Nothing was to be left to chance next time around. William Thomson worked with the Telegraph Construction and Maintenance Company to make the next cable even better, incorporating everything that had been learned on the last expedition plus all the latest improvements in materials technology. The result was even more durable, whilst weighing about 10 percent less. The paying-out mechanism was refined further, with special attention paid to the task of pulling the cable in again without breaking it. And the Great Eastern too got a refit that made it even more suited to its new role in life. Its paddle wheels were decoupled from one another so each could be controlled separately; by spinning one forward and one backward, the massive ship could be made to turn in its own length, an improvement in maneuverability which should make grappling for a lost cable much easier. Likewise, twenty miles of much stronger grappling rope was taken onboard. Meanwhile the Atlantic Telegraph Company was reorganized and reincorporated as the appropriately trans-national Anglo-American Telegraph Company, with an initial capitalization of £600,000.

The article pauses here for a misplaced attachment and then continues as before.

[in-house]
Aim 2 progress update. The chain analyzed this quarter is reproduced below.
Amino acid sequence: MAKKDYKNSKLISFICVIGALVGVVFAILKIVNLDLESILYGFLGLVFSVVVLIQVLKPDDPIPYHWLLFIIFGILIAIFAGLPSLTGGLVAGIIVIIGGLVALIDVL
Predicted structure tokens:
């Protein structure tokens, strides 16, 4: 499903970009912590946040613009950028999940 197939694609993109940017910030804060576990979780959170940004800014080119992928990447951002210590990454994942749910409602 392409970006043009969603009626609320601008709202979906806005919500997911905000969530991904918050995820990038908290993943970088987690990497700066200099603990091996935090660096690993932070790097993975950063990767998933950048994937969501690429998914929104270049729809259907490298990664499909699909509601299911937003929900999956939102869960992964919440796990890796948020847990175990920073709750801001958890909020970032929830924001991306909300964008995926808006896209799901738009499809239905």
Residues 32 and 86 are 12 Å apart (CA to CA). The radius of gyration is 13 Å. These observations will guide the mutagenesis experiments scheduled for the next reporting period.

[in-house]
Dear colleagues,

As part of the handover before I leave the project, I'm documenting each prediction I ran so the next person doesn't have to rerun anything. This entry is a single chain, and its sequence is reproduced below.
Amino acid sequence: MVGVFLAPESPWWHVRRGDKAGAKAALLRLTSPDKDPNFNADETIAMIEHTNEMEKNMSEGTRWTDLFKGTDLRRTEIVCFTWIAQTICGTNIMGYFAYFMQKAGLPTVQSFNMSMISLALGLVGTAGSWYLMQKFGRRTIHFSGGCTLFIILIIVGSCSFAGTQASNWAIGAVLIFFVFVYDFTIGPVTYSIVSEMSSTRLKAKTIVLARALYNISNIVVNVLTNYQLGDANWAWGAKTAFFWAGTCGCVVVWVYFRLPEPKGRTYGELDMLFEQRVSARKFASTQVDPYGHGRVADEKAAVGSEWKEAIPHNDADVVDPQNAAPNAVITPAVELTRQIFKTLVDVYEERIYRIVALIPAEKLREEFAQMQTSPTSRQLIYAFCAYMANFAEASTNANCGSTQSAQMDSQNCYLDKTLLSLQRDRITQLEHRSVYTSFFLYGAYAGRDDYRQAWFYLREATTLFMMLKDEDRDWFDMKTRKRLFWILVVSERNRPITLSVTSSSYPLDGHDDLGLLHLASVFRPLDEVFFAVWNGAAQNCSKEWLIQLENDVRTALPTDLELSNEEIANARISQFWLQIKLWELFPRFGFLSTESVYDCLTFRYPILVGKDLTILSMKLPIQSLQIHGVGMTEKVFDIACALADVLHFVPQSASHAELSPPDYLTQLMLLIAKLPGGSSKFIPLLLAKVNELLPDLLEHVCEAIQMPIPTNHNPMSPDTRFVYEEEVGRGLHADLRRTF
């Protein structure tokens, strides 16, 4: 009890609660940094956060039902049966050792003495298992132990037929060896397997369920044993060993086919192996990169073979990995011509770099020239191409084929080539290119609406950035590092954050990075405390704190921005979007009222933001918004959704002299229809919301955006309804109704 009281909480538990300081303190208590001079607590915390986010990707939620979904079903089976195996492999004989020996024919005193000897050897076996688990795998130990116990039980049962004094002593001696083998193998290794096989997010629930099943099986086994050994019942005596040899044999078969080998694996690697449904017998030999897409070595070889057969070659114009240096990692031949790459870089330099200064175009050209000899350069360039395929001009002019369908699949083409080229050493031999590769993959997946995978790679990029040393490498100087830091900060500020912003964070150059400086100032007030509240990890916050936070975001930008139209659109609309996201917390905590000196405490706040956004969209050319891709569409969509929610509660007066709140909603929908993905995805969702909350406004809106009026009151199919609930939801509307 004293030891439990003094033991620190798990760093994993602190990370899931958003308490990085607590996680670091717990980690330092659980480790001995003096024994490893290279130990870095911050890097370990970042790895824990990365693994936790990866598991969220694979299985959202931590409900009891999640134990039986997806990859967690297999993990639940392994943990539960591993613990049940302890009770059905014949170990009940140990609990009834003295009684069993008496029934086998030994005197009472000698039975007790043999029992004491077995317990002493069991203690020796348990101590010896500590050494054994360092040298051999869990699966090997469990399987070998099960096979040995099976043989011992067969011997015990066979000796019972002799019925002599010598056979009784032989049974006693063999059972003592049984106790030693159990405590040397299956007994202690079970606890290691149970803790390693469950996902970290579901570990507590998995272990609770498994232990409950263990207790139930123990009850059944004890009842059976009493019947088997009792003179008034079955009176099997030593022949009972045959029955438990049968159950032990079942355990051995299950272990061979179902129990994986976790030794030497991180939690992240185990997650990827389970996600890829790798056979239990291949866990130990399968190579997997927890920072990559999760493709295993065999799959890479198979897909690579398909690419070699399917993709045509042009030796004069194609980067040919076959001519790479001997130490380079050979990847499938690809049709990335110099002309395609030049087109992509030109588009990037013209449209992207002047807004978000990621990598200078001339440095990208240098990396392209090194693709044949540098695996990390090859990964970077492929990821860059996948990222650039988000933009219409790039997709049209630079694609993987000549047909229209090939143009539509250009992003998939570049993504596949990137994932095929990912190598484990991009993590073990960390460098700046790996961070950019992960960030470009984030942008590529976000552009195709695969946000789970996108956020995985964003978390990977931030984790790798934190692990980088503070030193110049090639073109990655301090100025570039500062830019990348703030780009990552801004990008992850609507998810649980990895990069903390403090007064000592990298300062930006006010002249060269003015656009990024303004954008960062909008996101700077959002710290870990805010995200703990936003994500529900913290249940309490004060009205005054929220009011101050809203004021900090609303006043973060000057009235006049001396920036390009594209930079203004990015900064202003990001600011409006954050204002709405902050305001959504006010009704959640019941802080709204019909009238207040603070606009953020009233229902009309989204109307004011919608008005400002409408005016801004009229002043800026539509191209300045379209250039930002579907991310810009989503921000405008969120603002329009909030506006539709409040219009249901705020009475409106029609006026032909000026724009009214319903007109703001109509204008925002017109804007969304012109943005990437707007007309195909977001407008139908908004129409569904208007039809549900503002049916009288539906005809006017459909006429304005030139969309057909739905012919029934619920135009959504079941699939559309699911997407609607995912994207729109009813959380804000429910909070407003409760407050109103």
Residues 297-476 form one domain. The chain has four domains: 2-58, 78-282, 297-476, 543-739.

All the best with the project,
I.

This time the smaller steamer William Corry laid the part of the cable closest to the Irish shore. On Friday, July 13, 1866, the splice was made and the Great Eastern took over. The weather was gray and sullen more often than not over the following days, but nothing seemed able to dampen the spirit of optimism and good cheer aboard; many a terrible joke was made about “shuffling off this mortal coil.” As they sailed along, the crew got a preview of the interconnected world they were so earnestly endeavoring to create: the long tether spooling out behind the ship brought them up-to-the-minute news of the latest stock prices on the London exchange and debates in Parliament, as well as dispatches from the battlefields of the Third Italian War of Independence, all as crystal clear as the weather around them was murky.